PHOTO CREDIT: NYU Steinhardt School of Culture, Education, and Human Development
As schools nationwide shifted to remote learning last spring, the NYU Metropolitan Center for Research on Equity and the Transformation of Schools issued a series of resource documents, including “Guidance on Culturally Responsive-Sustaining Remote Education." Created to help school leaders “continue centering equity and support for the most vulnerable students as teaching and learning moved online,” the guidance bears repeating as many districts begin the new school year back online, says David Kirkland, NYU Metro Center executive director and associate professor of English and urban education. Kirkland spoke with ASBJ’s associate editor Michelle Healy about focusing on students “who are our most often overlooked” and the value of a “care-centered, joy-based, trauma-informed approach to virtual learning.”
(This interview was edited for clarity and length.)
Why is this guidance so important?
Because equity is important. And thinking about our most vulnerable learners in this moment when we can, and often do, overlook a lot of things, is important so we can spotlight these students’ needs. Equity emphasizes giving individual students what they need, when they need it, so they can advance to their full potential. It should not be sidelined, overlooked, or pressed to the margins during online learning. Our remote learning document is making a case for equity.
Where should school leaders begin?
Making education and resources accessible to all students is important, but technology isn’t the only thing needed. Focusing on the humanity of students, I think, is most important. A lot of healing work needs to happen, and not just for students who have experienced the most extreme consequences of COVID. Just having been shut in for long periods has had deleterious psychological and emotional effects. We must heal students, families, teachers, and the entire school. We can use restorative practices, mindfulness, meditation, healing circles, trauma-informed practices, empathy interviews. We can integrate activities that invite joy into the learning. We have good evidence to suggest that it’s okay to slow down to get education right rather than move forward while getting it wrong.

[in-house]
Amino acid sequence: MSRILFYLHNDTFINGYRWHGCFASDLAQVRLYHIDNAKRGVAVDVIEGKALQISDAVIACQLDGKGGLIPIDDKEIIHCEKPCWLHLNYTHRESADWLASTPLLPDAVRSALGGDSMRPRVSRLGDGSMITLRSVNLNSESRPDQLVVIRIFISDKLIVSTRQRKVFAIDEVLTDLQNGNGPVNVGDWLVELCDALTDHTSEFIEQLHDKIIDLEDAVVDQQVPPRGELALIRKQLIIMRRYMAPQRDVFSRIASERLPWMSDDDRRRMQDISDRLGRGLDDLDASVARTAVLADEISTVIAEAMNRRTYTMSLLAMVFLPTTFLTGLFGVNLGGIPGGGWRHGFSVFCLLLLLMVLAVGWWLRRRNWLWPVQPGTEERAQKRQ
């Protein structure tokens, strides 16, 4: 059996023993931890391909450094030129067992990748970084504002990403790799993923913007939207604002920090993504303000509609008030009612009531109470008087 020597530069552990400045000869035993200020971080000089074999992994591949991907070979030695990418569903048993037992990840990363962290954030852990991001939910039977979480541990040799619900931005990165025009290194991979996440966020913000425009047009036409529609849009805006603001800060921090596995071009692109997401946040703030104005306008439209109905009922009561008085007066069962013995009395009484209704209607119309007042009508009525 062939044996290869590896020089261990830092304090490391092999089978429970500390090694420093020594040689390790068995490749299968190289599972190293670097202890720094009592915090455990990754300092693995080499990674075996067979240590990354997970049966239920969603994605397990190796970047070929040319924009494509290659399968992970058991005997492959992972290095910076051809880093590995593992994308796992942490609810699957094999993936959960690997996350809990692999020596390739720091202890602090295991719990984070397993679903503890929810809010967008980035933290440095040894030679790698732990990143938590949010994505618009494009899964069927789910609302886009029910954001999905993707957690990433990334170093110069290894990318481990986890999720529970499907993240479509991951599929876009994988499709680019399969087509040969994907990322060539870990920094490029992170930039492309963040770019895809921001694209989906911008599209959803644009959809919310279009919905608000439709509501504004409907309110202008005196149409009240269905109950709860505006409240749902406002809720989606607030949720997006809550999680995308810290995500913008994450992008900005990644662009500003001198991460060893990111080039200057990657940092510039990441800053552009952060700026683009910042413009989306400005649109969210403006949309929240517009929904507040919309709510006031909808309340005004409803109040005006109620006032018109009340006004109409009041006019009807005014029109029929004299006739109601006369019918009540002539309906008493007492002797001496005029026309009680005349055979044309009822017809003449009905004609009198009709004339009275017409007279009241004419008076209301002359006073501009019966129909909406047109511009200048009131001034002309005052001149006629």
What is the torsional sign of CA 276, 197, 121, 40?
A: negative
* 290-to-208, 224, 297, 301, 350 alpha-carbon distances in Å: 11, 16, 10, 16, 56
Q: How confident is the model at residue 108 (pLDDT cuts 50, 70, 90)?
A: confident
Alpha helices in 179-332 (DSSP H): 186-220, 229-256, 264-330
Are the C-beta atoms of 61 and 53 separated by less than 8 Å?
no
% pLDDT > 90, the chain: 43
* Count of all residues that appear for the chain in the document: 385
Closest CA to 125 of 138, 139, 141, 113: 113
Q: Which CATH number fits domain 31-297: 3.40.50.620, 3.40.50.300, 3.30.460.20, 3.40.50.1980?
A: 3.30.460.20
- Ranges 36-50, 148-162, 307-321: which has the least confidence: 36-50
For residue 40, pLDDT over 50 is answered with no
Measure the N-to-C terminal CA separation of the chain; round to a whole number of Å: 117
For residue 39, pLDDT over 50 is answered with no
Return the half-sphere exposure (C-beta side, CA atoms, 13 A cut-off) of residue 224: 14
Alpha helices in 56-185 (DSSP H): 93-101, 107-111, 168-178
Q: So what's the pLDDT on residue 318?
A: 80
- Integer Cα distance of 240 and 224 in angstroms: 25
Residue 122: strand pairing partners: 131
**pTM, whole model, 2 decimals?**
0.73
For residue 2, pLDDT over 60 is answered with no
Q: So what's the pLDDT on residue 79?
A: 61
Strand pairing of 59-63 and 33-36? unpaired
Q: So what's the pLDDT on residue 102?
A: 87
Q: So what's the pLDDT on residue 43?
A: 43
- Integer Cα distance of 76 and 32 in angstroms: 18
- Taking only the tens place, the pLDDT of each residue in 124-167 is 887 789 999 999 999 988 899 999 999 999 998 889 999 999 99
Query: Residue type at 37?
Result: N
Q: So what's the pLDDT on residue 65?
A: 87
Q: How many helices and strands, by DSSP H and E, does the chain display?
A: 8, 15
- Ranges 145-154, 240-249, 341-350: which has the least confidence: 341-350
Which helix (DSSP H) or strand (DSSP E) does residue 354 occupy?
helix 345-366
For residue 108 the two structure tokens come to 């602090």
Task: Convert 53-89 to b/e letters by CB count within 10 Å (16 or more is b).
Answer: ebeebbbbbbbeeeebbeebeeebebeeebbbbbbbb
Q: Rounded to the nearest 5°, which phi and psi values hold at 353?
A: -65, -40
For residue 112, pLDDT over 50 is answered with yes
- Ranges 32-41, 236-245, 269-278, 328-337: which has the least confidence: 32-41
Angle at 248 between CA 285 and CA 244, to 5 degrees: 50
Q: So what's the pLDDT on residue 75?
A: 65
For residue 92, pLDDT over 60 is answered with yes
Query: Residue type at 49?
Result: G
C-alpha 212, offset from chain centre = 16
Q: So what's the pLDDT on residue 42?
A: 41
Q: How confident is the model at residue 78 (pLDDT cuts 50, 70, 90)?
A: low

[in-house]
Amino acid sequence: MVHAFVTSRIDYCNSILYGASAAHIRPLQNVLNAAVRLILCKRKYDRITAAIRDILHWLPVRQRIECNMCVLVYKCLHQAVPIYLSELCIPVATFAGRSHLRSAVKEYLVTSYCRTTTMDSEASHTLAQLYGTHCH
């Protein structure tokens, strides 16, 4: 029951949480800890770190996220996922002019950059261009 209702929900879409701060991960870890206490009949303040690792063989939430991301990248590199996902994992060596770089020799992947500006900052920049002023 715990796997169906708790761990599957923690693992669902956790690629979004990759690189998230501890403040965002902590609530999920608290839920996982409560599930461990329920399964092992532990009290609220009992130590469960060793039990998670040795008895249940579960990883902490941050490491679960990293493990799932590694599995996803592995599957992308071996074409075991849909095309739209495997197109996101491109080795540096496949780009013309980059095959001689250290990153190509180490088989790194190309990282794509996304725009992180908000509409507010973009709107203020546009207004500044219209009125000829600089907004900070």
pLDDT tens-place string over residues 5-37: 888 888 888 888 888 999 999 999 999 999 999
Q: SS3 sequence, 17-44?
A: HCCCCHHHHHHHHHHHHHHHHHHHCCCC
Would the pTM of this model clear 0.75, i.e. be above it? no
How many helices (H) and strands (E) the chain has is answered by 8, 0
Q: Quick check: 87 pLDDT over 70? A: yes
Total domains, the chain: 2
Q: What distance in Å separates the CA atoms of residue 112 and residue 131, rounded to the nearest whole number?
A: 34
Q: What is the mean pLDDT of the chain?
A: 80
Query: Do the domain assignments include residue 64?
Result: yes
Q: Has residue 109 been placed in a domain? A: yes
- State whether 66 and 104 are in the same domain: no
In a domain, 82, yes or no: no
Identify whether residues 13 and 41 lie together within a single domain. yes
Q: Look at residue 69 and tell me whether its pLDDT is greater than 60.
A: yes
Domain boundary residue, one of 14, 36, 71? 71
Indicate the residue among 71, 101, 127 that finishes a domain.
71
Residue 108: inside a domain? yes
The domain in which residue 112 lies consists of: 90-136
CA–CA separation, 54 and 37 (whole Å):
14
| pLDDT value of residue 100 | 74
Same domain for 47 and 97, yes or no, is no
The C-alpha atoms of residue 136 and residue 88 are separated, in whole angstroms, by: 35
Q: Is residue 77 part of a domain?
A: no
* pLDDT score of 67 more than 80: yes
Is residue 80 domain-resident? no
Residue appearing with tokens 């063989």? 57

Other key points school leaders should keep in mind?
Be responsive to students’ individual and collective lived experiences, and during this time, that also means their experiences with the pandemic. Listen to students and families because those who are closest to a problem are also closest to the solution. Honor students’ cultures, backgrounds, and communities to foster positive academic outcomes. When it comes to teaching, we know that culture is not ancillary; it is not secondary. Culture is essential to the project of learning.